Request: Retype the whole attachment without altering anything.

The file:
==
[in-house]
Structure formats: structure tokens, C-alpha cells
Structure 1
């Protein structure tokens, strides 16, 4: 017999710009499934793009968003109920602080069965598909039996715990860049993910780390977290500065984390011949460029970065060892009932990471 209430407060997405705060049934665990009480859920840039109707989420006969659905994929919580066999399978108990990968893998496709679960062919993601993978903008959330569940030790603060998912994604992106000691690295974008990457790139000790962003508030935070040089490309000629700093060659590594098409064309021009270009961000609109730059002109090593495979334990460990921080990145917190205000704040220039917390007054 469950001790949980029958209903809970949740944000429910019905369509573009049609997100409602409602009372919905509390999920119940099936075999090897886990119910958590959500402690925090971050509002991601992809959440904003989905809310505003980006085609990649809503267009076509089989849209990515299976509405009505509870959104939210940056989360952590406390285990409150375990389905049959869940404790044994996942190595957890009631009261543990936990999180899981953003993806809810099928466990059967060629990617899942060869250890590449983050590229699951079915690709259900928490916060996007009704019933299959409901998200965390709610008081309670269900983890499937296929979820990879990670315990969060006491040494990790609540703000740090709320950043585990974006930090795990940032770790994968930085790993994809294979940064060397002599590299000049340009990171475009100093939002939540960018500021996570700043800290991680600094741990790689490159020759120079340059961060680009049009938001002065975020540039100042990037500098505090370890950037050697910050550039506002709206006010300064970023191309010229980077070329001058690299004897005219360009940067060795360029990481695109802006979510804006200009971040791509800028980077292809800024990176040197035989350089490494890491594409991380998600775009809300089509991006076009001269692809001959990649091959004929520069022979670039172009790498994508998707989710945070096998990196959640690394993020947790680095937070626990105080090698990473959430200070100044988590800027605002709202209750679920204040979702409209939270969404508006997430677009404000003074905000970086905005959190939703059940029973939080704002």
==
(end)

[in-house]
Structure formats: structure tokens, C-alpha cells
Structure 1
């Protein structure tokens, strides 16, 4: 017999710009499934793009968003109920602080069965598909039996715990860049993910780390977290500065984390011949460029970065060892009932990471 209430407060997405705060049934665990009480859920840039109707989420006969659905994929919580066999399978108990990968893998496709679960062919993601993978903008959330569940030790603060998912994604992106000691690295974008990457790139000790962003508030935070040089490309000629700093060659590594098409064309021009270009961000609109730059002109090593495979334990460990921080990145917190205000704040220039917390007054 469950001790949980029958209903809970949740944000429910019905369509573009049609997100409602409602009372919905509390999920119940099936075999090897886990119910958590959500402690925090971050509002991601992809959440904003989905809310505003980006085609990649809503267009076509089989849209990515299976509405009505509870959104939210940056989360952590406390285990409150375990389905049959869940404790044994996942190595957890009631009261543990936990999180899981953003993806809810099928466990059967060629990617899942060869250890590449983050590229699951079915690709259900928490916060996007009704019933299959409901998200965390709610008081309670269900983890499937296929979820990879990670315990969060006491040494990790609540703000740090709320950043585990974006930090795990940032770790994968930085790993994809294979940064060397002599590299000049340009990171475009100093939002939540960018500021996570700043800290991680600094741990790689490159020759120079340059961060680009049009938001002065975020540039100042990037500098505090370890950037050697910050550039506002709206006010300064970023191309010229980077070329001058690299004897005219360009940067060795360029990481695109802006979510804006200009971040791509800028980077292809800024990176040197035989350089490494890491594409991380998600775009809300089509991006076009001269692809001959990649091959004929520069022979670039172009790498994508998707989710945070096998990196959640690394993020947790680095937070626990105080090698990473959430200070100044988590800027605002709202209750679920204040979702409209939270969404508006997430677009404000003074905000970086905005959190939703059940029973939080704002």